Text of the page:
The Struggle With LGBTQ Health Care Options
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The Struggle With LGBTQ Health Care Options

They're among the most vulnerable—but they're not receiving the adequate care they need.

Photo by Ryan from the Torontoist Flickr Pool

Photo by Ryan from the Torontoist Flickr Pool.

Liam Skinner will do all he can to avoid mainstream health care providers. The 35-year-old trans man is no stranger to uncomfortable and humiliating encounters while trying to access health care. Once, for example, while visiting the Hassle Free Clinic during men and trans hours, Skinner was told he may have to go to the ladies clinic. “They treated me like a special case in front of a lot of people in the waiting room,” he recalls. “I never went back.”

Fearing further discomfort, Skinner has instead relied on the care of loved ones when in need of medical attention. Before and after his top surgery, Skinner turned to family and friends—and not the doctor—for healing and support.

He’s not alone. Dealing with the health and accessibility issues can be harrowing for many. But for Toronto’s LGBTQ population, it’s a particularly difficult experience.

There are few options for those who are sick in the queer community: long-term care homes are seldom equipped to address their needs (in Toronto, there is just one City-operated home that caters specifically to the LGBTQ community). The burden on family members for care can often be too heavy to handle. Many, such as Skinner, fear discrimination at doctors’ offices.

Instead, some turn to home care, in which services are provided directly to them in the comfort of their own dwellings. But, as a new study out of York University has revealed, LGBTQ people are often invisible in home care.

The research, dubbed LGBTQ Homecare Access Project, found that Ontario’s LGBTQ communities face barriers to finding high-quality home care that meet their distinctive needs. These needs can range from particular health-care requirements—such as physical or medical treatments regarding gender transition or coping with an HIV/AIDS diagnosis—to general concerns about discrimination and just behaviour.

The study revealed one in three home care providers believed they had never worked with an LGBTQ client, while 90 per cent of home care service providers said they never received continuing education when employed in home care that focused on a client’s sexual or gender identity. The research also showed that transgender people in particular actively avoid seeking home care.

Although there have been previous studies and recommendations to meet the specific health-care needs of the LGBTQ community, such as the 2008 LGBT Tool Kit, a City of Toronto initiative—this research project was the first to look at home care access specifically.

The study used a web-based survey, individual interviews, and focus groups to collect findings.

Social work professor Andrea Daley, who was also the lead researcher on the study, says the report addresses the needs of a community that has often had a tumultuous history with the Ontario health system. Historically, traditional health care institutions have been unjust to LGBTQ people.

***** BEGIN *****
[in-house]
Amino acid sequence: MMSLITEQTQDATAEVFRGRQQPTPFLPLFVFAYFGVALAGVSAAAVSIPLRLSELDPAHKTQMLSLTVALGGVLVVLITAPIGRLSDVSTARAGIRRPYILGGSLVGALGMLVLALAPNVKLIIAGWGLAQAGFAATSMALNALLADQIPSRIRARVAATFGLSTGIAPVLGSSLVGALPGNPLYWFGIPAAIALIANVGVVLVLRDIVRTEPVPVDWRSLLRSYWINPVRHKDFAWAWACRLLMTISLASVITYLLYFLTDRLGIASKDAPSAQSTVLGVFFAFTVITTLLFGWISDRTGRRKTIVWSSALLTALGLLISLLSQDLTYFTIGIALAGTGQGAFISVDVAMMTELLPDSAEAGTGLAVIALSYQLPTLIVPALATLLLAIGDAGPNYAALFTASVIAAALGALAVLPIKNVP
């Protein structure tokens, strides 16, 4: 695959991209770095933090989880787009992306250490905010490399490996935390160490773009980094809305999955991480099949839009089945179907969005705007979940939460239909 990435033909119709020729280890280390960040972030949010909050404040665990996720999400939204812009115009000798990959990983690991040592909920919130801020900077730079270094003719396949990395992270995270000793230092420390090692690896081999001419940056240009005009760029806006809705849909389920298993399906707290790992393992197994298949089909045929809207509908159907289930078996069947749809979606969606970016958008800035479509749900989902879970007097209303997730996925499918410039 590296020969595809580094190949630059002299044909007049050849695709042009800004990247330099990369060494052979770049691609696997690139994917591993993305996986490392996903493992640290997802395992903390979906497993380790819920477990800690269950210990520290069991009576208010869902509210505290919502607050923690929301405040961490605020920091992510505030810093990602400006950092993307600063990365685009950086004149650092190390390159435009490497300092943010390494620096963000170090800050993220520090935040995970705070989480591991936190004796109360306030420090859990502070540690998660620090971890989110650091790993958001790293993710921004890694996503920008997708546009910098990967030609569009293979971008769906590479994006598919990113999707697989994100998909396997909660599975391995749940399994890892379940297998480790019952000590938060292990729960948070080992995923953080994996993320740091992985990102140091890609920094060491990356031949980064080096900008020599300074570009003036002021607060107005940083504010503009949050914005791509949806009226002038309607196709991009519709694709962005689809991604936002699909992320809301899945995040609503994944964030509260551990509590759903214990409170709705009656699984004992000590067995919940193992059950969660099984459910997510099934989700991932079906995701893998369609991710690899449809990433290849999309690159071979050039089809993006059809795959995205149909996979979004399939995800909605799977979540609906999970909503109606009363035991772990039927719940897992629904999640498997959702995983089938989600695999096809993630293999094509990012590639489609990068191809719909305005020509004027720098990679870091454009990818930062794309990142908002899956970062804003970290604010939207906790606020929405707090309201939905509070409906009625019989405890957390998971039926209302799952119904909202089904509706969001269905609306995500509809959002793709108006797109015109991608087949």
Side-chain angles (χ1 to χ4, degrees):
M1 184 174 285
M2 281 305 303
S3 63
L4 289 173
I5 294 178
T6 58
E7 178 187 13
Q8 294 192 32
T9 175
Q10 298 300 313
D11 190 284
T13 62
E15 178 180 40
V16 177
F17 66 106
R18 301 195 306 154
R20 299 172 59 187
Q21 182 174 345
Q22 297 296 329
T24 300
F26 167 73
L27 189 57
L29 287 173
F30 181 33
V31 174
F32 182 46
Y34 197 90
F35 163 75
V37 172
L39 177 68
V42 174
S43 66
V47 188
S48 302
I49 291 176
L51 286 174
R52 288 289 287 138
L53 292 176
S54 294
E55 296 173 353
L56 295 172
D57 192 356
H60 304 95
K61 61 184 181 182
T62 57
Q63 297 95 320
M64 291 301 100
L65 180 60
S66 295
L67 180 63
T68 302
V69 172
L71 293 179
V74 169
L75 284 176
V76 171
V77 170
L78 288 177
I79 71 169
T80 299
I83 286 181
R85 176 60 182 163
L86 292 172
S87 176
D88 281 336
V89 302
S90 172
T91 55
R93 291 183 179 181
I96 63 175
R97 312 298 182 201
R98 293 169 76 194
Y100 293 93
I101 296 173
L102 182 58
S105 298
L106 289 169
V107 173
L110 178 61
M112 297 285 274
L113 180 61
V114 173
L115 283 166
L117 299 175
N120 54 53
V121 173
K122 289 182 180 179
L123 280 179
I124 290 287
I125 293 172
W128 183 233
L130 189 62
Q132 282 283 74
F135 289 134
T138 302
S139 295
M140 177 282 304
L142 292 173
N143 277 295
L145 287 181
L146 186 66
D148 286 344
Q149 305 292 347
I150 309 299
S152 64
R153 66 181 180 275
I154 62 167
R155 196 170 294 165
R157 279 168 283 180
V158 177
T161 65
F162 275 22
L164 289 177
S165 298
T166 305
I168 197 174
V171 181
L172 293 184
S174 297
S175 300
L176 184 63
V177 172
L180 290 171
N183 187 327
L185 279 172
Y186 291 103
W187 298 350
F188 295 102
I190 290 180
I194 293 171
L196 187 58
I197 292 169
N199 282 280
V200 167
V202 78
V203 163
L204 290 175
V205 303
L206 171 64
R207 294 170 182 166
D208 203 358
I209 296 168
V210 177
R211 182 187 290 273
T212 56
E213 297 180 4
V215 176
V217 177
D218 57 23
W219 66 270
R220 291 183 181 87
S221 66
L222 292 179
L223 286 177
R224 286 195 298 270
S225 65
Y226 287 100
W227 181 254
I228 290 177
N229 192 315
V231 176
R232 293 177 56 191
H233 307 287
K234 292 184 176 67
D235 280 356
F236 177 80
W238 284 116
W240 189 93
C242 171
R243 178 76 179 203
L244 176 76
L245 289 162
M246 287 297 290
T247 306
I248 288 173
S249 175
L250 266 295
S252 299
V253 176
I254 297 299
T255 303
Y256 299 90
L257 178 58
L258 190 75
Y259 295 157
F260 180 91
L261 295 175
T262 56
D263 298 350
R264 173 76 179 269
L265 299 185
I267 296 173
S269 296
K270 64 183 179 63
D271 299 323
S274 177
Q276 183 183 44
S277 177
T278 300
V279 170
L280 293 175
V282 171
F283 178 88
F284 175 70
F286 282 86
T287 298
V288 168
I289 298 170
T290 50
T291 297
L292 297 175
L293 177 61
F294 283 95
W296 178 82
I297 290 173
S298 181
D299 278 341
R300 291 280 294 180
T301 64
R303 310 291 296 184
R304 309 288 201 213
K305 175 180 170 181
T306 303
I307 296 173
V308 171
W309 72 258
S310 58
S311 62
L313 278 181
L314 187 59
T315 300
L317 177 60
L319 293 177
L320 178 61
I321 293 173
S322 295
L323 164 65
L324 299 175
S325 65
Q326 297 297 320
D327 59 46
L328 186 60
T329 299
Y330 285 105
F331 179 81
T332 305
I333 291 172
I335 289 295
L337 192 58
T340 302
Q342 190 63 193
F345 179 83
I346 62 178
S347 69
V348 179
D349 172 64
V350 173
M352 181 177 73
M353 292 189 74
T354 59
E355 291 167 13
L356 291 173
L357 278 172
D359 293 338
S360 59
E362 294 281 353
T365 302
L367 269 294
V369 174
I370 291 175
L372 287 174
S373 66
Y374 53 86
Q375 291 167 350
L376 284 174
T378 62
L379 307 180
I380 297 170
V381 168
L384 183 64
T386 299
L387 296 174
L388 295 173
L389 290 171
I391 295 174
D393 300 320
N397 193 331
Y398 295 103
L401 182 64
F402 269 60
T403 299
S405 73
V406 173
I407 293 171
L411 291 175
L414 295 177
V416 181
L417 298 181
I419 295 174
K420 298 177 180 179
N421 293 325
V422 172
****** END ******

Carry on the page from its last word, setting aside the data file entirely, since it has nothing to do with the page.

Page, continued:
“The worst is when you think it’s a safer space because of posters of inclusion and then the staff are clueless and harmful in their approach to you,” Skinner says.

There is a direct correlation, Daley adds, between LGBTQ people’s apprehension in asking for home care services and the need for further education of frontline caregivers who enter what is a safe place for people who often feel discriminated against.

“We can think of the ‘home’ as taking on great significance as a place where queer people can ‘do’ their identities and relationships with a greater level of freedom,” Daley says. “In stating this, we imagine that the margin of ‘freedom’ within LGBTQ homes and the potential for self-expression and affirmation is likely affected by the discriminatory reactions and unpredictable support, including overt hostility, that LGBTQ people often anticipate and may experience during interactions with service providers.”

Published in time for Canada’s largest LGBTQ health conference, hosted by Rainbow Health Ontario (who also collaborated on the study), the report not only provided much-needed statistics about home care, but also focused on the improvement of training and education for caregivers and frontline workers.

Toronto Central Community Care Access Centre (CCAC), another project collaborator, is just one organization attempting to improve care for the queer community.

“We’ve worked extremely hard at breaking down barriers for people who experience any form of inaccessibility: colour, race, religion, sexual orientation, financial status, and so on,” says CCAC chief performance officer Anne Wojtak. “We’re excited that with these findings we can continue to explore new ways to support better training, communication, and ultimately access to care.”

Despite the results of the study and the hope that greater understanding and funding will come from it, Skinner doubts he will turn to health care workers as he ages. He says he will likely turn to his own community for help again.

“There is little to no trust on my behalf and many others that there is safety in home care or hospital care for trans folks,” Skinner says. “As part of an ageing generation in the community, this study brings up fear when I think I may one day need rely on a system that makes no effort to include my identity and actually serves to erase it.”